Translators

Browse through all of the translators in WLT.

A | B | C | D | E | F | G | H | I | J | K | L | M | N | O | P | Q | R | S | T | U | V | W | X | Y | Z

  • Alice Guthrie is an independent translator, editor, and curator, specializing in contemporary Arabic writing. Her work often focuses on subaltern voices and activist art. She is currently compiling the first ever anthology of LGBTQIA+ Arabic writing, set to appear in parallel Arabic and English editions. She teaches literary translation at the University of Exeter and the University of Birmingham.



  • Sergio Gutiérrez Negrón (b. 1986, Caguas) is a novelist and short-story writer. He has received the Instituto de Cultura Puertorriqueña’s National Novel Prize in Puerto Rico (2012) as well as the Festival de la Palabra’s Premio Nuevas Voces (2015). In 2017 he was selected by the Hay Festival as part of Bogotá39.



  • photo: alison harris

    Marilyn Hacker is the author of thirteen books of poems, including A Stranger’s Mirror: New and Selected Poems, 1994–2014 (2015) and sixteen books of poetry translations from the French, most recently A Handful of Blue Earth, by Vénus Khoury-Ghata (2017).



  • Barbara Halla is criticism editor at Asymptote and a contributor for Reading in Translation. She works as an editor and researcher, focusing in particular on the writings of contemporary and classic Albanian women authors. Halla has also written about the cultural roots of sexual violence in Albania, and her essay on Annie Ernaux and the politics of female desire is forthcoming in the anthology Le Désir au Féminin (2022).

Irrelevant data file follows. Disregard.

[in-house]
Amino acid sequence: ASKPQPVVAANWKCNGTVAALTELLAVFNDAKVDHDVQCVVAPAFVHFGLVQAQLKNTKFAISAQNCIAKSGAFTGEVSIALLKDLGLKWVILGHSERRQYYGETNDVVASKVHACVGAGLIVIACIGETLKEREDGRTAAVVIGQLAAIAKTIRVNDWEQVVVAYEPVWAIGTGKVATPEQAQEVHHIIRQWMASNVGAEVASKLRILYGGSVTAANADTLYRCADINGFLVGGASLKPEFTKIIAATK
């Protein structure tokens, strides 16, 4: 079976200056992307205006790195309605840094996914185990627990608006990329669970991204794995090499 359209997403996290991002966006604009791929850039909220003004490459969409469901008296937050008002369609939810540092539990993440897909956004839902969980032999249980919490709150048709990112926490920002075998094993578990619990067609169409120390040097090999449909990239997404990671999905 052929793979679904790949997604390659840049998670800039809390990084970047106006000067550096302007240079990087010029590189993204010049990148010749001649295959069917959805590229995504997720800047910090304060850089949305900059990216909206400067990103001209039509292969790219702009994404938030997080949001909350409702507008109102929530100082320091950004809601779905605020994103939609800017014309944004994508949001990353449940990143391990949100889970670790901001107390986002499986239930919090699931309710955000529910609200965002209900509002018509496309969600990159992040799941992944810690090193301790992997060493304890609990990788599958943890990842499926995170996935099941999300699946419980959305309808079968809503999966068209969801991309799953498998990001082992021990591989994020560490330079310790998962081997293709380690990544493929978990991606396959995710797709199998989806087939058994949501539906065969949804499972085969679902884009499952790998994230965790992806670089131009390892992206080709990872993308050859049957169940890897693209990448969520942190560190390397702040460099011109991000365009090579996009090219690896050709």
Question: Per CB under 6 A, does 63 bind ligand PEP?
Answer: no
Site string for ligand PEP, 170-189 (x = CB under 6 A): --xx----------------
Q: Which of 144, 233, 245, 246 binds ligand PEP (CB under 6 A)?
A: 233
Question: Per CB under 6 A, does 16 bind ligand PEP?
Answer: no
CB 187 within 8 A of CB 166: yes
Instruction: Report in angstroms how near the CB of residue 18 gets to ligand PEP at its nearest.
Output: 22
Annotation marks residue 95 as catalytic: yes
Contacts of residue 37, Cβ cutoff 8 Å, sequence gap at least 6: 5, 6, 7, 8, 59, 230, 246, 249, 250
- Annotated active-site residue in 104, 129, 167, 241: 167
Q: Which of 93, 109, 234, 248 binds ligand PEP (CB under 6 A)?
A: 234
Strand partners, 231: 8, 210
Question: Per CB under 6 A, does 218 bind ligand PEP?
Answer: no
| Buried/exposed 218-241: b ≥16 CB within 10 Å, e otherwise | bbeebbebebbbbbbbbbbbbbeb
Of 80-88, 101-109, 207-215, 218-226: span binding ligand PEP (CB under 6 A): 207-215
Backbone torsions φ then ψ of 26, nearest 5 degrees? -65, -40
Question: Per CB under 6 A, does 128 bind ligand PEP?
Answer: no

• Katharine Halls is an Arabic-to-English translator. She was awarded a PEN/Heim grant for her translation of Haytham El-Wardany’s Things That Can’t Be Fixed, and her co-translation of Raja Alem’s The Dove’s Necklace received the 2017 Sheikh Hamad Award. Her translations for the stage have been performed at the Royal Court and the Edinburgh Festival.



  • Luke Hankins is a poet, editor, and translator. His latest book is The Work of Creation: Selected Prose, and a volume of his translations from the French of Stella Vinitchi Radulescu, A Cry in the Snow and Other Poems, is forthcoming from Seagull Books.


  • Yasmeen Hanoosh is an Iraqi-born literary translator and Assistant Professor of Arabic language and literature at Portland State University. Her translations have appeared in various literary journals and publications, including Banipal and the Iowa Review. Her translation of the Iraqi novel Scattered Crumbs(al-Ramli) won the Arkansas Arabic Translation Prize in 2002, and has been excerpted in Literature from the Axis of Evil: Writing from Iran, Iraq, North Korea and Other Enemy Nations (2006). Her translation of Luay Hamza Abbas’s collection of short stories, Closing His Eyes, received the NEA translation prize in 2010.



  • Rebecca Hanssens-Reed is a translator and writer whose work can be found in Conjunctions, New England Review, Hayden’s Ferry Review, Washington Square Review, Asymptote, and elsewhere. She has an MFA in literary translation from the University of Iowa, where she was also a Provost’s Postgraduate Visiting Writer. Her translation of the novel Gelsomina Inside the White Madhouses, by Margarita Mateo Palmer, is forthcoming from Cubanabooks Press.